Manchester City made it six wins out of six with victory at Swansea, while neighbours Manchester United hammered reigning champions Leicester in an exciting weekend in the Premier League.
Arguably the performance of the weekend came at Emirates Stadium, where Arsenal sealed their first league win over Chelsea since October 2011.
Liverpool and Tottenham won again but there was more woe for David Moyes and Slaven Bilic as Sunderland threw away a 2-0 lead to lose 3-2 at home against Crystal Palace, and West Ham went down 3-0 at home to Southampton on Sunday.
There was a last-minute goal at Stoke as West Brom snatched a 1-1 draw, while Bournemouth inflicted a first league defeat of the season on Everton.
I’ve had my say, so why don’t you select your own XI using the selector below and share it with your friends…
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Goalkeeper – Petr Cech (Arsenal)
Last season, far too much emphasis was placed on Cech’s arrival at the Emirates. There was an assumption that the title was a formality in what was otherwise thought to be a championship-winning team. A year later and, in an Arsenal side whose defence was unflappable against Chelsea, Cech can still produce the big saves when called upon.
I’ve only ever seen one goalkeeper whose save turned a season and that was Peter Shilton in Brian Clough’s 1977-78 Nottingham Forest title-winning team. His point-blank save from Coventry’s Mick Ferguson was a turning point and was regarded as the moment that delivered Forest the championship.
Cech is very capable of producing something similar which is just as well if you are serious about winning the title.
Right-back – Hector Bellerin (Arsenal)
I knew Bellerin was quick but not that quick. Against Chelsea, the only real mistake Gunners centre-back Laurent Koscielny made all game was to allow Pedro a free run at Arsenal’s goal. However, that was before Bellerin took evasive action and absolutely destroyed his fellow Spaniard for pace.
What really impresses me about Bellerin, apart from being lightning quick, is the way he attempts to link the play with players like Alexis Sanchez and use the forward almost as a wall to get himself into the opposition penalty area. What a cheek. It really should be the other way round.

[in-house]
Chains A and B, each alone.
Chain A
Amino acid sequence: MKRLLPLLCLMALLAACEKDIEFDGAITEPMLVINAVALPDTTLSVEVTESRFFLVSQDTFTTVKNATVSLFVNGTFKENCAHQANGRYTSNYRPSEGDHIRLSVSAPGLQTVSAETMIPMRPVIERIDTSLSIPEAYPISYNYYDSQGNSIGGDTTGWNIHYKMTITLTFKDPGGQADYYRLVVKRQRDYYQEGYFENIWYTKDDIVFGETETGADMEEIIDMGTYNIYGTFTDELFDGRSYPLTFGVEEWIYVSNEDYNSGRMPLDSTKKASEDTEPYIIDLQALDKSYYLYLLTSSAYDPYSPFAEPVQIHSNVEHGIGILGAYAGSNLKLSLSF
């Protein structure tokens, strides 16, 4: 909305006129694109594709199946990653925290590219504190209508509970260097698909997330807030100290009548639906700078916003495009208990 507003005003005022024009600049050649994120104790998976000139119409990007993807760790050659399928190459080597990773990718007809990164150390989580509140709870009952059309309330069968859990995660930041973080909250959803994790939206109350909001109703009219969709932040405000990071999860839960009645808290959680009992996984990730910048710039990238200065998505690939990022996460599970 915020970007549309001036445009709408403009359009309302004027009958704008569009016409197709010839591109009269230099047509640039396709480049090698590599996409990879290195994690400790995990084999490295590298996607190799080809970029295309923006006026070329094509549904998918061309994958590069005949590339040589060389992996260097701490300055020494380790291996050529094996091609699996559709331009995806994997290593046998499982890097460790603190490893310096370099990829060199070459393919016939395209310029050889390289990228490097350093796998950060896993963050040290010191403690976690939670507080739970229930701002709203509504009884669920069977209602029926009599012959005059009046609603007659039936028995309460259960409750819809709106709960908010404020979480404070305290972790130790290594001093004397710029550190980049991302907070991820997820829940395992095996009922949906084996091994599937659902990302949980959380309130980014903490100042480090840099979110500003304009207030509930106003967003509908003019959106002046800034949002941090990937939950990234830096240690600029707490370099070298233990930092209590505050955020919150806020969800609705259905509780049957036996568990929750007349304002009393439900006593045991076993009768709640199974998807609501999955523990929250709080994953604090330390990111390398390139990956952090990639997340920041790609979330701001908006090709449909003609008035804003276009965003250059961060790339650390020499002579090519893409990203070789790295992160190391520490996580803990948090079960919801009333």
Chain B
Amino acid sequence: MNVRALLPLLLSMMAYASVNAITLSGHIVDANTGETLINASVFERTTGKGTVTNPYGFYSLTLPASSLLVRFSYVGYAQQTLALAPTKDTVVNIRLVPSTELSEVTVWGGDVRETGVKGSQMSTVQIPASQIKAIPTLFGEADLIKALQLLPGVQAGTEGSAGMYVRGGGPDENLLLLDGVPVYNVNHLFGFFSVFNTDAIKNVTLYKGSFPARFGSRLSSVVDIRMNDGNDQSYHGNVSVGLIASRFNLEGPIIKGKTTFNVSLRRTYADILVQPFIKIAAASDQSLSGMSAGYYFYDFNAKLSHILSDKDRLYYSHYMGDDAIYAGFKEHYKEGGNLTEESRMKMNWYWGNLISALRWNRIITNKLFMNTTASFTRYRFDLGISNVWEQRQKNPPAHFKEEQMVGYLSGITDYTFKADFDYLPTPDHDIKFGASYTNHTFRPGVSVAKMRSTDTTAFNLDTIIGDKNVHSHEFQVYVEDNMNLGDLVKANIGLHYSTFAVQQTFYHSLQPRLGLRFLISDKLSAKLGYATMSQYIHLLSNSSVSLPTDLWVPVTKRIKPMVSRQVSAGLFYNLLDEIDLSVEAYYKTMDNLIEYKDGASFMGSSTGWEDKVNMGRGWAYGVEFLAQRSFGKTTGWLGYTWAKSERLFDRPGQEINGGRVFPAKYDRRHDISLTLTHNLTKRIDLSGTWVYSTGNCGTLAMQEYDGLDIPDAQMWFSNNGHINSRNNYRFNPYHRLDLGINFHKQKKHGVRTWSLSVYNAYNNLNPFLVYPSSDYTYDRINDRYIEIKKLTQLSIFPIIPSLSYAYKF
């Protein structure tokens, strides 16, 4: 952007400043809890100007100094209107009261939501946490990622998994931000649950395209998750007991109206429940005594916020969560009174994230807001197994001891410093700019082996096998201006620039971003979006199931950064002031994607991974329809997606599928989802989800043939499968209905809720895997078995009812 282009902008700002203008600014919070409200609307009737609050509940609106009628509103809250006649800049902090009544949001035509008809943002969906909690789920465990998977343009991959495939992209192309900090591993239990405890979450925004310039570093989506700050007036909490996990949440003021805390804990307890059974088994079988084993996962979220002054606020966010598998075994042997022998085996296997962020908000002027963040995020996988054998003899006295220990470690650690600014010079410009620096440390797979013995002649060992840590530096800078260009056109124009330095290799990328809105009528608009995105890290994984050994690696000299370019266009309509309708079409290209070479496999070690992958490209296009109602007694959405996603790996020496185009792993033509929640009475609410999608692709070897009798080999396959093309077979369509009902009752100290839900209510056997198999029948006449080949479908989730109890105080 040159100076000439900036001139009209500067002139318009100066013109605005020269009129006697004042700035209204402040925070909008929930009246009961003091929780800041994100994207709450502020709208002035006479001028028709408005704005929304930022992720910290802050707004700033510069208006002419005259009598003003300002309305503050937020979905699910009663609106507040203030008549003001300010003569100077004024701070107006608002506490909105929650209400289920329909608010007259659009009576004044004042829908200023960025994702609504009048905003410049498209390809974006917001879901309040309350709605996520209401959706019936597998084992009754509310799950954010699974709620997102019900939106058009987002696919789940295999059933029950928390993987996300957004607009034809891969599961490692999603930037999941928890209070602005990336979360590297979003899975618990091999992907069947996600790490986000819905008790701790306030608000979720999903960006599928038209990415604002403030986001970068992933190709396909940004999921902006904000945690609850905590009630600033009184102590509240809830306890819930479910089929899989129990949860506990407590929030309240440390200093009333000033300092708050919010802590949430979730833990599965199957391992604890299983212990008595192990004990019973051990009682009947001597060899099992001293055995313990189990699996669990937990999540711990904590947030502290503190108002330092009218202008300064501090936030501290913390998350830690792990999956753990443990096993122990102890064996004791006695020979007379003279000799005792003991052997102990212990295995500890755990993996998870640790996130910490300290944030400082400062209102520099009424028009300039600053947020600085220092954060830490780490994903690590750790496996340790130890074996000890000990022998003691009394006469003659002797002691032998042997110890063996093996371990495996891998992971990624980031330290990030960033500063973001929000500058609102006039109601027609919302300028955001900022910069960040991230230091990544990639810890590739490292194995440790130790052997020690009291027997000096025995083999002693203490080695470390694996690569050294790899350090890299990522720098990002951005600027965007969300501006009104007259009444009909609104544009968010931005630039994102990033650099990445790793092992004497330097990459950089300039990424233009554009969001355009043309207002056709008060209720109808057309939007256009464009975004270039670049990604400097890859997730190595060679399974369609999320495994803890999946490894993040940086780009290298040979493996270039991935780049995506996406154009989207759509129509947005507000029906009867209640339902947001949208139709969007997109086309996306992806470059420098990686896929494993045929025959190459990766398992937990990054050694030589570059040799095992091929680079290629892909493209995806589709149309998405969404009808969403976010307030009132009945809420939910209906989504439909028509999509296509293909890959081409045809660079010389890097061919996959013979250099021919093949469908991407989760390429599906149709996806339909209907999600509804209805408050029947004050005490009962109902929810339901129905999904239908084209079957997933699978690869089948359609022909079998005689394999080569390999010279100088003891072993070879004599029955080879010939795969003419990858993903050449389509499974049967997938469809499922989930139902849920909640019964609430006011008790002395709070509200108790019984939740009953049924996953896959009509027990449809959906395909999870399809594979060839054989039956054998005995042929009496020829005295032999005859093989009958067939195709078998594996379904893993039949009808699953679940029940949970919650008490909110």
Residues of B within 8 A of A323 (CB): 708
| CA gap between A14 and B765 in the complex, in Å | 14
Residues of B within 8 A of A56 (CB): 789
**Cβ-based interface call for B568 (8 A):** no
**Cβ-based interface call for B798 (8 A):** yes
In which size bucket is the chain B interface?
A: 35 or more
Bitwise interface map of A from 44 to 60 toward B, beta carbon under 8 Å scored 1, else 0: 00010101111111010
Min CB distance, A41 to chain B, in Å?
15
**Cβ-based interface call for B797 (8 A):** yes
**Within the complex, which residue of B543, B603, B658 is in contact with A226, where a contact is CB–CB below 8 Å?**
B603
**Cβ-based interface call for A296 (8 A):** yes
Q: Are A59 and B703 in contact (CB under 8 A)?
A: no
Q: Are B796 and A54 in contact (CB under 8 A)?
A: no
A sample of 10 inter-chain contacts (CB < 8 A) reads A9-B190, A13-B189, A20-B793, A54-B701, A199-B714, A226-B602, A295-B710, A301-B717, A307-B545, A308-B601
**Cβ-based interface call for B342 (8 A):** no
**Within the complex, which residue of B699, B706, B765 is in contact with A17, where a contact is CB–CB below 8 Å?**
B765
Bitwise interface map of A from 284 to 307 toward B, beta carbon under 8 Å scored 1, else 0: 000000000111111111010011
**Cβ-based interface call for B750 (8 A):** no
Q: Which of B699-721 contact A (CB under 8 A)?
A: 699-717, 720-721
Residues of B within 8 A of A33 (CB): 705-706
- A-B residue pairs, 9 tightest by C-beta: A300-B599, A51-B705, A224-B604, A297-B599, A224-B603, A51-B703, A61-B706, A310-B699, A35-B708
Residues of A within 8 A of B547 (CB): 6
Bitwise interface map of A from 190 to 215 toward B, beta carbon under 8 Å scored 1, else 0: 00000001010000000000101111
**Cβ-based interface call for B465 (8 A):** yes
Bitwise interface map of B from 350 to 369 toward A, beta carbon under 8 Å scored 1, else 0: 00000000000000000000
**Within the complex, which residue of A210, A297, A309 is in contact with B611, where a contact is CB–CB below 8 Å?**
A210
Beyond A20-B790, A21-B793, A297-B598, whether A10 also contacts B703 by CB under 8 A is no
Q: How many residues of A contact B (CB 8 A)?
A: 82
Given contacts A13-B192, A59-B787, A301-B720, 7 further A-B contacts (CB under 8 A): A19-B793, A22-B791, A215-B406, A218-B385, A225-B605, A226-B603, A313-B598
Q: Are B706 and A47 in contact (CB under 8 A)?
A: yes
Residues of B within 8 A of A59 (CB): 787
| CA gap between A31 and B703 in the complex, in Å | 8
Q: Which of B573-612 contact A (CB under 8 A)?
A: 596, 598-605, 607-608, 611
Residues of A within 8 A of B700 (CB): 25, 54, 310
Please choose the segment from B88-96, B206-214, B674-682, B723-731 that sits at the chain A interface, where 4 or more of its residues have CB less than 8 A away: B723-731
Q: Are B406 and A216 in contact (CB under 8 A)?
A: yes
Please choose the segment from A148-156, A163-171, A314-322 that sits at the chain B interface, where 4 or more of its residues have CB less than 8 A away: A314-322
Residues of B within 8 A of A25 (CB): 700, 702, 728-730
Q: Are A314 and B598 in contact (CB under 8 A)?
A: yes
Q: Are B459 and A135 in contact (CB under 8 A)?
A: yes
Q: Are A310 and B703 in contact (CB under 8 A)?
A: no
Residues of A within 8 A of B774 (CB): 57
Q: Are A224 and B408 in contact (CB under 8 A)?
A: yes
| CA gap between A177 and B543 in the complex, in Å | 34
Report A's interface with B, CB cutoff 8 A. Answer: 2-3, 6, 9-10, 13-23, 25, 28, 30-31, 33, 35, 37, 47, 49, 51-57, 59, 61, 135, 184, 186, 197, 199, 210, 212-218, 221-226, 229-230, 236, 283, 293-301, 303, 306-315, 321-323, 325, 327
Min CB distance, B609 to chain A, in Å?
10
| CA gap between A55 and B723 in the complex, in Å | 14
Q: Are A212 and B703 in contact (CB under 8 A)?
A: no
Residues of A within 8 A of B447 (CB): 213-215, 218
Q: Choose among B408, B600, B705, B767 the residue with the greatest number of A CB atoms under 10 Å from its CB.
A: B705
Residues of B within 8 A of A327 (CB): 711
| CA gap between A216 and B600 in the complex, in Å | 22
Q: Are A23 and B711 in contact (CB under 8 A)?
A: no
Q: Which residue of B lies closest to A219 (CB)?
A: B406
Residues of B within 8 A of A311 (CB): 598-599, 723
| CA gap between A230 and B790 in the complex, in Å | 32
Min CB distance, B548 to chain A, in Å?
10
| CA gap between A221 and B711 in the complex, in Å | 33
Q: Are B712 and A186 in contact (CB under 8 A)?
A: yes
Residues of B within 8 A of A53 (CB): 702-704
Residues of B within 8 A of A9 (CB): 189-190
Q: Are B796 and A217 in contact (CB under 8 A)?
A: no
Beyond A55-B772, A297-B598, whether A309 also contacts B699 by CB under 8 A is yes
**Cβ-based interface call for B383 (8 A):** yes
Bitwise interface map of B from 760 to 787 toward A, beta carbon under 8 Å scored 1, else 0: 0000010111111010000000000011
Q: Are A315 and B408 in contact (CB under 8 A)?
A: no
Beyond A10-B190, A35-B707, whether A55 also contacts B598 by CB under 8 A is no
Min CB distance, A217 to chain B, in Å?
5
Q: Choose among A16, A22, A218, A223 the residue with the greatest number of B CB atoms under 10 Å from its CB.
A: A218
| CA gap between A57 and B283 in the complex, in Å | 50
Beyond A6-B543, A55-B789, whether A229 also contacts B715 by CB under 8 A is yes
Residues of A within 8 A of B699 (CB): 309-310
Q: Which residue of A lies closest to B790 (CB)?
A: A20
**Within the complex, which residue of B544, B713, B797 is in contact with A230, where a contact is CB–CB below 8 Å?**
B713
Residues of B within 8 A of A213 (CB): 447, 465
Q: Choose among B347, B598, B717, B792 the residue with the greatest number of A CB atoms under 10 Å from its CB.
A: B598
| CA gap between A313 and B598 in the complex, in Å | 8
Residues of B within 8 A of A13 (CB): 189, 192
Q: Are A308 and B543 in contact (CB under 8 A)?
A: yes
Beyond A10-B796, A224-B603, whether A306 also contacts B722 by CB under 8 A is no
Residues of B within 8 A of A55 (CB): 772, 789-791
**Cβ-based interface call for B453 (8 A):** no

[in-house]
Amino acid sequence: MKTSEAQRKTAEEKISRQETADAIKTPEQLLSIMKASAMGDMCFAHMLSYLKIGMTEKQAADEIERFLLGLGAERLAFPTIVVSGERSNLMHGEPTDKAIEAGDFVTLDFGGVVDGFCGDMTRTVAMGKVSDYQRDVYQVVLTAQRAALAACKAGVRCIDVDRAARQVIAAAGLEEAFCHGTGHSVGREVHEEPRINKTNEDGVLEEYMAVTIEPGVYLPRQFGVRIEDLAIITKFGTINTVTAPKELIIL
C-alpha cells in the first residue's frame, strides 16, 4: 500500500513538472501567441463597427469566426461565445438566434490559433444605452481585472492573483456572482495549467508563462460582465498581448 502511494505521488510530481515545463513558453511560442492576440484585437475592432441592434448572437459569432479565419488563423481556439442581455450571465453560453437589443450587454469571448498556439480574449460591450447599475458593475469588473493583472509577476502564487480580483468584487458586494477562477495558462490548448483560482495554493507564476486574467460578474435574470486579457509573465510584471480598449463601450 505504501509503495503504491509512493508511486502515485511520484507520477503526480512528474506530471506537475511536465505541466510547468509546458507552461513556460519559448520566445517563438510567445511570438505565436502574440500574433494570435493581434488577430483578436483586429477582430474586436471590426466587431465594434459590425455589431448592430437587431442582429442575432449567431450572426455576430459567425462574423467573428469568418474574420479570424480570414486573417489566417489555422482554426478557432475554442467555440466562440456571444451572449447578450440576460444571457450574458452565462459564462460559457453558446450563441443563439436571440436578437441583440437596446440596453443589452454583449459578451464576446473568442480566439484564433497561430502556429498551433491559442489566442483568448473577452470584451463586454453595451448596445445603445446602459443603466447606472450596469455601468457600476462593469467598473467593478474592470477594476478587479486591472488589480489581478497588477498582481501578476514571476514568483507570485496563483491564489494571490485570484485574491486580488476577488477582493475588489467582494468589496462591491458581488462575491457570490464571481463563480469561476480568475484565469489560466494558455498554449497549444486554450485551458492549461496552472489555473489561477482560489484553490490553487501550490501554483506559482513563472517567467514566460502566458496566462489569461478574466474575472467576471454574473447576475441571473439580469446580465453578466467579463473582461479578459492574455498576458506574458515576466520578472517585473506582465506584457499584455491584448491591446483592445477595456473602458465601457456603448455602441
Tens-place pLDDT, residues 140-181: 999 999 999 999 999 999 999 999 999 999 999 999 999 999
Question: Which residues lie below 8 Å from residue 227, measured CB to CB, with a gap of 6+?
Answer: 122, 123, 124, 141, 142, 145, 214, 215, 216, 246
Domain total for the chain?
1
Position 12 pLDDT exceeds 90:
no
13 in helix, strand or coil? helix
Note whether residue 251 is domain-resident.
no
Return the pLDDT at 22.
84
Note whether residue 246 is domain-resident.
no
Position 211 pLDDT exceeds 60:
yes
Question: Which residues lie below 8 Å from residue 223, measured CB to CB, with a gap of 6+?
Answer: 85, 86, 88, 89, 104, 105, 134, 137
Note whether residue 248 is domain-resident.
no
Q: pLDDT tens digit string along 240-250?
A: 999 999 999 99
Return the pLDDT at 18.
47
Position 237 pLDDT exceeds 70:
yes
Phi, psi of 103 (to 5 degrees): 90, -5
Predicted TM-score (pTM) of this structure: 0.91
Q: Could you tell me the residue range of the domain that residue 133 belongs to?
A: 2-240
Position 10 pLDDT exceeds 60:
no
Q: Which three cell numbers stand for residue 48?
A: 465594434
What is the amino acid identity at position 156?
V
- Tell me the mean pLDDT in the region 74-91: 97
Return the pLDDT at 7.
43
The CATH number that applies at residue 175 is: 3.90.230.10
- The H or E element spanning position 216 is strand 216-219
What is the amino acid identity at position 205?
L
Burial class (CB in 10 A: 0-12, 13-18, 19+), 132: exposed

Left-back – James Milner (Liverpool)
There’s something rather obtuse about a right-footed midfield player playing left-back. However, Milner seems determined to make it work for Liverpool. The question is for how long?
The position does not, of course, affect a player’s ability to score penalties with your right foot – you just have to be on the pitch to do that and have a very cool head. It would appear Milner is making the most of both.
Centre-back – Laurent Koscielny (Arsenal)
If you are a centre-back and about to face Diego Costa, you are perfectly entitled to wear a gum-shield and place plenty of Vaseline over the eyebrows. To Koscielny’s credit, he refused to apply either and relied on his sheer tactical ability to outplay Costa.
In the past, Arsenal have employed more combative defenders like Gabriel to out-battle the Spaniard and the contest has invariably ended in tears. Koscielny offers brain instead of brawn and it worked perfectly.
Centre-back – Chris Smalling (Manchester United)
It was good to see Smalling attacking set-pieces in the opposition penalty area again. Last week he didn’t get any luck at all against a rampant Watford but his perseverance against Leicester certainly paid off. To out-jump Robert Huth and Christian Fuchs takes some doing and it produced Smalling’s first goal of the season.